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Original Research ARTICLE

Front. Oncol., 14 May 2020 | https://doi.org/10.3389/fonc.2020.00642

ETS1 Suppresses Tumorigenesis of Human Breast Cancer via Trans-Activation of Canonical Tumor Suppressor Genes

Gi-Cheon Kim1,2, Choong-Gu Lee3, Ravi Verma4, Dipayan Rudra4, Taemook Kim5, Keunsoo Kang6, Jong Hee Nam7, Young Kim8, Sin-Hyeog Im4,9 and Ho-Keun Kwon1,2,10*
  • 1Department of Microbiology and Immunology, Yonsei University College of Medicine, Seoul, South Korea
  • 2Institute for Immunology and Immunological Diseases, Yonsei University College of Medicine, Seoul, South Korea
  • 3Natural Product Informatics Research Center, Korea Institute of Science and Technology (KIST), Gangneung Institute of Natural Products, Gangneung, South Korea
  • 4Academy of Immunology and Microbiology (AIM), Institute for Basic Science (IBS), Pohang, South Korea
  • 5Department of Biological Sciences, Korea Advanced Institute of Science and Technology, Daejeon, South Korea
  • 6Department of Microbiology, College of Natural Sciences, Dankook University, Cheonan, South Korea
  • 7Department of Pathology, Chonnam National University Medical School, Gwangju, South Korea
  • 8Department of Oral Pathology, School of Dentistry, Chonnam National University, Gwangju, South Korea
  • 9Division of Integrative Biosciences and Biotechnology, Department of Life Sciences, Pohang University of Science and Technology, Pohang, South Korea
  • 10Brain Korea 21 PLUS Project for Medical Sciences, Yonsei University College of Medicine, Seoul, South Korea

ETS1 has shown dichotomous roles as an oncogene and a tumor suppressor gene in diverse cancers, but its functionality in breast cancer tumorigenesis still remains unclear. We utilized the Cancer Genome Atlas (TCGA) database to analyze comprehensive functions of ETS1 in human breast cancer (BRCA) patients by investigating its expression patterns and methylation status in relation to clinical prognosis. ETS1 expression was significantly diminished by hyper-methylation of the ETS1 promoter region in specimens from BRCA patients compared to a healthy control group. Moreover, ETS1high BRCA patients showed better prognosis and longer survival compared to ETS1low BRCA patients. Consistent with clinical evidence, comparative transcriptome analysis combined with CRISPR/Cas9 or shRNA based perturbation of ETS1 expression revealed direct as well as indirect mechanisms of ETS1 that hinder tumorigenesis of BRCA cells. Taken together, our study enlightens a novel function of ETS1 as a tumor suppressor in breast cancer cells.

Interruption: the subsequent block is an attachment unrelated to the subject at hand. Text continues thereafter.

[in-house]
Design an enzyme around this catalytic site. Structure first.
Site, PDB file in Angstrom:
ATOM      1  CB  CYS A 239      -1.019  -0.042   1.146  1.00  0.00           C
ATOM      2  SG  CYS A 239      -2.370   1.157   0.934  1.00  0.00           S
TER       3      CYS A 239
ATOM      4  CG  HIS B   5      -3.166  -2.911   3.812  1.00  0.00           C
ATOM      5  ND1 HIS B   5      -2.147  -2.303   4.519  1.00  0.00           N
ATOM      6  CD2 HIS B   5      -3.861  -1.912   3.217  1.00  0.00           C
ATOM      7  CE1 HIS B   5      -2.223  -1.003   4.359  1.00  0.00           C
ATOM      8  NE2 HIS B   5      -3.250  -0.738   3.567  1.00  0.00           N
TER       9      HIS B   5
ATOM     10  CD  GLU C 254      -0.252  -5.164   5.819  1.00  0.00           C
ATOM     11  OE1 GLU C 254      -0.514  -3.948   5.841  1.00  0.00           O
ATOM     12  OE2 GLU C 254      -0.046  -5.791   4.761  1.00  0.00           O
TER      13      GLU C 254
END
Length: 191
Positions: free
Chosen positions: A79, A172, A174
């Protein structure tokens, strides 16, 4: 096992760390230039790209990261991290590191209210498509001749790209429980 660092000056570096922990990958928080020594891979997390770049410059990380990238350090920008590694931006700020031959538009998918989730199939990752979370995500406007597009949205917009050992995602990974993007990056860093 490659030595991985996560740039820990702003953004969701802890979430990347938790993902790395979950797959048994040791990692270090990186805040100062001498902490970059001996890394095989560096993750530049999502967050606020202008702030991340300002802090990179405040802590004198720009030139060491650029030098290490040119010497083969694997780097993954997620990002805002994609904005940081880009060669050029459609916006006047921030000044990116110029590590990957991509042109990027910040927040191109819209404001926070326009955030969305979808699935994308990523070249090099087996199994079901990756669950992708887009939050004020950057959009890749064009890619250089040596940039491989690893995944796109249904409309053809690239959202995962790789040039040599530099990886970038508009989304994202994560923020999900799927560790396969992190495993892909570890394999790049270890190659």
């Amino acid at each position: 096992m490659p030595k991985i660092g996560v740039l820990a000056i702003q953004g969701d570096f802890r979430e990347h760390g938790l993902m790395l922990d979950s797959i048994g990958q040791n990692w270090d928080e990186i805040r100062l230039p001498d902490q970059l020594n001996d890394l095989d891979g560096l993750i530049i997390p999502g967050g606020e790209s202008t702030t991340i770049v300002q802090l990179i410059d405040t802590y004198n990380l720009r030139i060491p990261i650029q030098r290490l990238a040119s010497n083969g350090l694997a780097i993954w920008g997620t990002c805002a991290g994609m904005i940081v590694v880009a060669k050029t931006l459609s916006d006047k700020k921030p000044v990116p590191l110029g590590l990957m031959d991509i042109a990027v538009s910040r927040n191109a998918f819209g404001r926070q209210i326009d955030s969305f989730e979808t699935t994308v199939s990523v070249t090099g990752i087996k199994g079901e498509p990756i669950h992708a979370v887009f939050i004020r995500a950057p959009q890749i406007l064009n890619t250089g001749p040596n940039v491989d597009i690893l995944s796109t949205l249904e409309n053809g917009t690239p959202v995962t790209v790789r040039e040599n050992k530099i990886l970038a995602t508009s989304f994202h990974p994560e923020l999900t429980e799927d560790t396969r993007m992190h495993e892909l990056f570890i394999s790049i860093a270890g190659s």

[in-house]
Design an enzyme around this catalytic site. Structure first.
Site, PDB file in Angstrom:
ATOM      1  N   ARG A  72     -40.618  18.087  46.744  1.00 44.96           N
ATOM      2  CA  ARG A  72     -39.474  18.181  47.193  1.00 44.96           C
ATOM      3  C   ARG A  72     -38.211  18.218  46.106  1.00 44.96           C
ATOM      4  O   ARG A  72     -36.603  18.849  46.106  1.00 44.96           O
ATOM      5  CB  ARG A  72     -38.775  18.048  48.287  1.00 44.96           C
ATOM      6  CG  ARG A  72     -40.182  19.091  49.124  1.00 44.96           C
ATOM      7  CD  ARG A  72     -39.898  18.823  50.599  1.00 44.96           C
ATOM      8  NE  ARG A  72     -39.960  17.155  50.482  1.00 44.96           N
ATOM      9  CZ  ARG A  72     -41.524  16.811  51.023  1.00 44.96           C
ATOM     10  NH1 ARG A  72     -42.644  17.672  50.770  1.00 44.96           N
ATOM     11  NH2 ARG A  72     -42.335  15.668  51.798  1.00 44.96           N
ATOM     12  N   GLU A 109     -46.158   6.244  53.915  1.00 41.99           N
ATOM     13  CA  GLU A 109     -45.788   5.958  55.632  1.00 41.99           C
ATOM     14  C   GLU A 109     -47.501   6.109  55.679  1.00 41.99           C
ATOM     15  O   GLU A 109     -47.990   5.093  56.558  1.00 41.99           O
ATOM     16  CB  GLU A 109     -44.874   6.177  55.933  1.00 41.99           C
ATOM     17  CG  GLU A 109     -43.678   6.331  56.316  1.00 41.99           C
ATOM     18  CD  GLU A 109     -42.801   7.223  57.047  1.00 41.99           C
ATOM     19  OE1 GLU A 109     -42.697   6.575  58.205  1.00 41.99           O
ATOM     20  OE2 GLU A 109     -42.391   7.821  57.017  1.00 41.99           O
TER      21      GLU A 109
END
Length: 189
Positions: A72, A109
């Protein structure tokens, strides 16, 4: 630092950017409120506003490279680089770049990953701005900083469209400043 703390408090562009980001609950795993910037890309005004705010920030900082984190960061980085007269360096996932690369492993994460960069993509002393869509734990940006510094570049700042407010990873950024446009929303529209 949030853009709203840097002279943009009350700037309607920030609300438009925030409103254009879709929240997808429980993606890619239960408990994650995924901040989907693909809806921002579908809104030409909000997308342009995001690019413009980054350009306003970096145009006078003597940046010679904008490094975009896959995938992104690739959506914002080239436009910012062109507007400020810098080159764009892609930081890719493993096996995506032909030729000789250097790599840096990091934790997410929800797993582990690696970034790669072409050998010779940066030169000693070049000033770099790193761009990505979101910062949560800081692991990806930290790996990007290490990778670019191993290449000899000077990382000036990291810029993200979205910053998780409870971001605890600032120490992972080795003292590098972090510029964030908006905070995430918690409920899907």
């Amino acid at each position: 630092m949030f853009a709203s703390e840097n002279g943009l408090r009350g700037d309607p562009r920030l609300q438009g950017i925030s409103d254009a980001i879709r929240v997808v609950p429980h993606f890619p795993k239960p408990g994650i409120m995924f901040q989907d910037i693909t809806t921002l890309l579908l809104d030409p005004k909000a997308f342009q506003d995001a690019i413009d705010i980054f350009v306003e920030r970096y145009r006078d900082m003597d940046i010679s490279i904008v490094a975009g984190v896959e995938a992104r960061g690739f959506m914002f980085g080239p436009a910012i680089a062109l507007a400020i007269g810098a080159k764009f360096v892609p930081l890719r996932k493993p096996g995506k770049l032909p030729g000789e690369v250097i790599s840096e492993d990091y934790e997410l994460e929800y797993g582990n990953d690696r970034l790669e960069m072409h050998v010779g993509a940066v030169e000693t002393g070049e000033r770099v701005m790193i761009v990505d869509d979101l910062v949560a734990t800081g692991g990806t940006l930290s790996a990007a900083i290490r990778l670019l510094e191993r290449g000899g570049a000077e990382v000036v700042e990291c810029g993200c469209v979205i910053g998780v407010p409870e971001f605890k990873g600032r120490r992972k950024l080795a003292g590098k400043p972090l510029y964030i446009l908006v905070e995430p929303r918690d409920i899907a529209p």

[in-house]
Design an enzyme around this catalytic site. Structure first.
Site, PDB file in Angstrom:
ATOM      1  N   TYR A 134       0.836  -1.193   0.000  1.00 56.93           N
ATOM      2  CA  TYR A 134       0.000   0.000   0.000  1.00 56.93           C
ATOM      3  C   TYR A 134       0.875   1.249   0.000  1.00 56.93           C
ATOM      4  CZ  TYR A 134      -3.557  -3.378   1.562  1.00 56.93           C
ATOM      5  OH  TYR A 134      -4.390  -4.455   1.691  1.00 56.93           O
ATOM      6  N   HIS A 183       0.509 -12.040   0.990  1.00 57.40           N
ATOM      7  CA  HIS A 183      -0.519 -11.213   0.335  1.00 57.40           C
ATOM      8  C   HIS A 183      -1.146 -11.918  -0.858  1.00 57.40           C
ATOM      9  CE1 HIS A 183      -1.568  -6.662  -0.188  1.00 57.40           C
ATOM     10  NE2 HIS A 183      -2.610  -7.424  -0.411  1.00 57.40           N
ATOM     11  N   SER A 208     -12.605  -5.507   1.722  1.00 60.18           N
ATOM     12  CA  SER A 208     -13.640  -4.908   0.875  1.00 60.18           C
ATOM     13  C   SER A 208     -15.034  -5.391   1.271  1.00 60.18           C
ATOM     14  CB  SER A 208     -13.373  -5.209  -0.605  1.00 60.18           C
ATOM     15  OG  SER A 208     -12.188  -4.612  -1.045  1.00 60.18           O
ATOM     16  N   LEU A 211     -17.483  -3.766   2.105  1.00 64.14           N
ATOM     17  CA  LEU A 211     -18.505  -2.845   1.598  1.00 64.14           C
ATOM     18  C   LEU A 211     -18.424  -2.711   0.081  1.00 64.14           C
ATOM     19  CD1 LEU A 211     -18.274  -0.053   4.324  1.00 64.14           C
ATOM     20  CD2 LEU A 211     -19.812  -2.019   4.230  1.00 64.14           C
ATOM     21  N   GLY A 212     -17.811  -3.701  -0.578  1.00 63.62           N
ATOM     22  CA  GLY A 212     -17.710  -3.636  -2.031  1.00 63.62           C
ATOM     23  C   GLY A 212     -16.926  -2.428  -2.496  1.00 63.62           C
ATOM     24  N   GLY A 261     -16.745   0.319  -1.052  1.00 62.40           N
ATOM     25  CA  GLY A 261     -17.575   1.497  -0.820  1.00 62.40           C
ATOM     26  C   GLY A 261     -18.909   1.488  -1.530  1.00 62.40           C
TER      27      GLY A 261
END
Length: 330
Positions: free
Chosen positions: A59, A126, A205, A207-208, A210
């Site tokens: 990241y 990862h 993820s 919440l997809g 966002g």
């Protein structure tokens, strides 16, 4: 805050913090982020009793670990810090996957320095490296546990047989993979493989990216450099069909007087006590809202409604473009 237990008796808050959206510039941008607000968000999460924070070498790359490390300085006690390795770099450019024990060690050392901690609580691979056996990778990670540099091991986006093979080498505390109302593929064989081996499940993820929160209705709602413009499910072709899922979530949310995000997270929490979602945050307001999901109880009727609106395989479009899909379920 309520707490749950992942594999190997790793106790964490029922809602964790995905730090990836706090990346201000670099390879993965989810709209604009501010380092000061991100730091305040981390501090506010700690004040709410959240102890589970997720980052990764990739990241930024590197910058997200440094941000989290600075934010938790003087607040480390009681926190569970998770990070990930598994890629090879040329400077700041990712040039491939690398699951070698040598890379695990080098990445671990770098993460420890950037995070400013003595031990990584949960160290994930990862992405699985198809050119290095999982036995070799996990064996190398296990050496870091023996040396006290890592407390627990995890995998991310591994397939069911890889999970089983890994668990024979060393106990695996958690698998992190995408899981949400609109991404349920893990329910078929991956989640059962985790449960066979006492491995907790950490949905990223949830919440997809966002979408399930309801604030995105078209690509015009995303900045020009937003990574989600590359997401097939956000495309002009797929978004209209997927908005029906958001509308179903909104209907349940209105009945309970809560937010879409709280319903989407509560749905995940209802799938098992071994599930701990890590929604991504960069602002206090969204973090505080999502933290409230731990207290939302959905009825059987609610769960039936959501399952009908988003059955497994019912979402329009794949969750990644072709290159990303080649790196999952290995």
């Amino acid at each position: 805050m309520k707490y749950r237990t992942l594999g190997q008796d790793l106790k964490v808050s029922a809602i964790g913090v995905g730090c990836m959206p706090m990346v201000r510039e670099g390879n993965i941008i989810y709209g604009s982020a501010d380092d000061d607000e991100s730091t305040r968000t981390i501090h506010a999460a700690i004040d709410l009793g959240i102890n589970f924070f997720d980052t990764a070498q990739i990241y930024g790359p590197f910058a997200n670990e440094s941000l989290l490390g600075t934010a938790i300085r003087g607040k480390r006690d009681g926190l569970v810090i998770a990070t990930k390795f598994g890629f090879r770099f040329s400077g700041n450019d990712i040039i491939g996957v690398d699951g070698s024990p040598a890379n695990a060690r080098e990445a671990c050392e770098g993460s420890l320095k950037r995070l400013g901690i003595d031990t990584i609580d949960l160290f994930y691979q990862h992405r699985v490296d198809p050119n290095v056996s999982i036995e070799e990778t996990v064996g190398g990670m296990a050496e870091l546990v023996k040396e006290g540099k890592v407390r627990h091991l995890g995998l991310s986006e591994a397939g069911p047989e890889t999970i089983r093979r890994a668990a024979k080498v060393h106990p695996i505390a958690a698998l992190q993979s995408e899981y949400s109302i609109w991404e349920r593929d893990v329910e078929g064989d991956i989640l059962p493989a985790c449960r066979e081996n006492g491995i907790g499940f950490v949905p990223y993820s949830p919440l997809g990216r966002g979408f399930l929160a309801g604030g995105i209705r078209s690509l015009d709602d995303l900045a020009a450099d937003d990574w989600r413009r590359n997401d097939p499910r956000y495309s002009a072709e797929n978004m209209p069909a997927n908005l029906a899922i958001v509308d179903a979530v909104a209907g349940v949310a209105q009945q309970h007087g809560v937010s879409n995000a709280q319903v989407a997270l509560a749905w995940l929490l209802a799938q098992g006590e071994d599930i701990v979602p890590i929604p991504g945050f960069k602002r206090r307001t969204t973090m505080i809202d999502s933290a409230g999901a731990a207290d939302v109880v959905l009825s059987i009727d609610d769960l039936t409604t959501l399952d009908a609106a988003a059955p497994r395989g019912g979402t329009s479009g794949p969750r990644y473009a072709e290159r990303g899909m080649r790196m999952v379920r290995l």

Introduction

Breast cancer is the most commonly diagnosed cancer and the second leading cause of death from cancer in women (1). Development and progress of breast cancer are mediated by a complicated process in which many genes and signaling pathways are intertwined (2). Profiling of gene-expression in patient specimen has been used to identify the key molecular switches of tumor development (3). Human breast cancer datasets, including The Cancer Genome Atlas (TCGA) (4) and Curtis (5) provide comprehensive genomic profiles of breast cancer.

ETS1 (ETS proto-oncogene 1, transcription factor) has initially been characterized as the proto-oncogenic transcription factor that contributes to tumor angiogenesis and invasiveness in cancer cells (68). Previously, high levels of ETS1 expression have been closely associated with higher chance of metastatic potential and poor prognosis in various types of cancers (914). ETS1 is known to enhance the expression of numerous tumorigenic genes involved in tumor angiogenesis, cancer cell invasion, and energy metabolism (15). These include vascular endothelial growth factor (VEGF) and certain proteases such as MMP-1, MMP-3, and MMP-9, as well as urokinase type plasminogen activator (uPA), which is associated with extracellular matrix (ECM) degradation (1619). Despite the established oncogenic function of ETS1 in human cancers, recent studies have proposed contrasting roles of ETS1 as anti-oncogenes suggesting dichotomous roles of ETS1 for tumorigenesis in context-dependent manner (20, 21). However, the functionality and molecular action mechanisms of ETS1 in BRCA tumorigenesis still remain unclear.

In this study, we revealed ETS1 as the tumor suppressor gene in BRCA cells. In humans, poor prognosis of BRCA patients was negatively correlated with ETS1 expression, repressed by hyper-CpG methylation in ETS1 promoter locus. Furthermore, we showed the direct and indirect mechanisms of ETS1 to hinder tumorigenesis of BRCA cells. Overall, our findings enlighten the novel function of ETS1 as the tumor suppressor gene, which can be the potential target for novel therapeutics in BRCA.

Materials and Methods

Cell Culture, Plasmid, and Reagents

MDA-MB-231 cells were cultured in DMEM (WELGENE: LM 001-05) supplemented with 10% FBS (Gibco: 10099-141) and 100 U/ml of penicillin-streptomycin (Thermo: 15140122). Mutant MDA-MB-231 cells (ΔCRE) harboring deleted promoter region (−540 to −80) of ETS1 were established using the CRISPR/Cas9 method (22). Mutations were confirmed by Sanger sequencing, and the effect of CRE deletion on ETS1 level was tested by immunoblotting. Cells were harvested with 0.05% trypsin-EDTA (Gibco: 25300-054). The following chemicals were used; phorbol 12-myristate 13-acetate (PMA, Calbiochem: 524400) and Ionomycin (Calbiochem: 407950).

Knockdown and Ectopic Expression of ETS1 by Lentiviral Transduction